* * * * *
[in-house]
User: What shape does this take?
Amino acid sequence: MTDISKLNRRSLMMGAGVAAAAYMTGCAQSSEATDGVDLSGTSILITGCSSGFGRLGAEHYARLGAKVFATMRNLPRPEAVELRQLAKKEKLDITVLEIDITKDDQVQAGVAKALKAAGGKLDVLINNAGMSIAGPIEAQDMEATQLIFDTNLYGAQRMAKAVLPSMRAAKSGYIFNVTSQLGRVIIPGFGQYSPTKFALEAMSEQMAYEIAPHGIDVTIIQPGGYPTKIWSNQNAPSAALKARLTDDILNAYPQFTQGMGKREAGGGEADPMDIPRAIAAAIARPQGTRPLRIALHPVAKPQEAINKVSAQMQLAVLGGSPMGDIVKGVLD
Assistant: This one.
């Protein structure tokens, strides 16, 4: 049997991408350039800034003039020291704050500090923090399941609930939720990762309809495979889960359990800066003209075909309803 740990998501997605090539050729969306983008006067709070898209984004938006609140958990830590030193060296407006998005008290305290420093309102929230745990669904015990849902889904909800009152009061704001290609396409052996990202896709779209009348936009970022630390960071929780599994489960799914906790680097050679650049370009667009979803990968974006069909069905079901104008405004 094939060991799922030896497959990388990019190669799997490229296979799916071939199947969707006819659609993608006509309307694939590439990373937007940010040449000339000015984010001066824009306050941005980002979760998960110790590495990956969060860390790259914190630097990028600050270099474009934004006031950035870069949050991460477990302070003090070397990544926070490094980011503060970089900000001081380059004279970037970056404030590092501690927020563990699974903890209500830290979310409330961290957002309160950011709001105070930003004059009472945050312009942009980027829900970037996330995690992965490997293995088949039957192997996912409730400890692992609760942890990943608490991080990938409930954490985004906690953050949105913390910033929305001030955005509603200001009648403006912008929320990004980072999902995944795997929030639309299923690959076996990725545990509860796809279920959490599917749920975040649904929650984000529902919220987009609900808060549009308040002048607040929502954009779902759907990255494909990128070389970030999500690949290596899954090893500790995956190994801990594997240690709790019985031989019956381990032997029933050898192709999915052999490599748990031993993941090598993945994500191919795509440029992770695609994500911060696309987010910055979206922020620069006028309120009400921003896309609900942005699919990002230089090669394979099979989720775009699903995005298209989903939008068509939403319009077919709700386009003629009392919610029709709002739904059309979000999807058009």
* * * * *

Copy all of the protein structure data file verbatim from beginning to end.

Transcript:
[in-house]
User: What shape does this take?
Amino acid sequence: MTDISKLNRRSLMMGAGVAAAAYMTGCAQSSEATDGVDLSGTSILITGCSSGFGRLGAEHYARLGAKVFATMRNLPRPEAVELRQLAKKEKLDITVLEIDITKDDQVQAGVAKALKAAGGKLDVLINNAGMSIAGPIEAQDMEATQLIFDTNLYGAQRMAKAVLPSMRAAKSGYIFNVTSQLGRVIIPGFGQYSPTKFALEAMSEQMAYEIAPHGIDVTIIQPGGYPTKIWSNQNAPSAALKARLTDDILNAYPQFTQGMGKREAGGGEADPMDIPRAIAAAIARPQGTRPLRIALHPVAKPQEAINKVSAQMQLAVLGGSPMGDIVKGVLD
Assistant: This one.
């Protein structure tokens, strides 16, 4: 049997991408350039800034003039020291704050500090923090399941609930939720990762309809495979889960359990800066003209075909309803 740990998501997605090539050729969306983008006067709070898209984004938006609140958990830590030193060296407006998005008290305290420093309102929230745990669904015990849902889904909800009152009061704001290609396409052996990202896709779209009348936009970022630390960071929780599994489960799914906790680097050679650049370009667009979803990968974006069909069905079901104008405004 094939060991799922030896497959990388990019190669799997490229296979799916071939199947969707006819659609993608006509309307694939590439990373937007940010040449000339000015984010001066824009306050941005980002979760998960110790590495990956969060860390790259914190630097990028600050270099474009934004006031950035870069949050991460477990302070003090070397990544926070490094980011503060970089900000001081380059004279970037970056404030590092501690927020563990699974903890209500830290979310409330961290957002309160950011709001105070930003004059009472945050312009942009980027829900970037996330995690992965490997293995088949039957192997996912409730400890692992609760942890990943608490991080990938409930954490985004906690953050949105913390910033929305001030955005509603200001009648403006912008929320990004980072999902995944795997929030639309299923690959076996990725545990509860796809279920959490599917749920975040649904929650984000529902919220987009609900808060549009308040002048607040929502954009779902759907990255494909990128070389970030999500690949290596899954090893500790995956190994801990594997240690709790019985031989019956381990032997029933050898192709999915052999490599748990031993993941090598993945994500191919795509440029992770695609994500911060696309987010910055979206922020620069006028309120009400921003896309609900942005699919990002230089090669394979099979989720775009699903995005298209989903939008068509939403319009077919709700386009003629009392919610029709709002739904059309979000999807058009």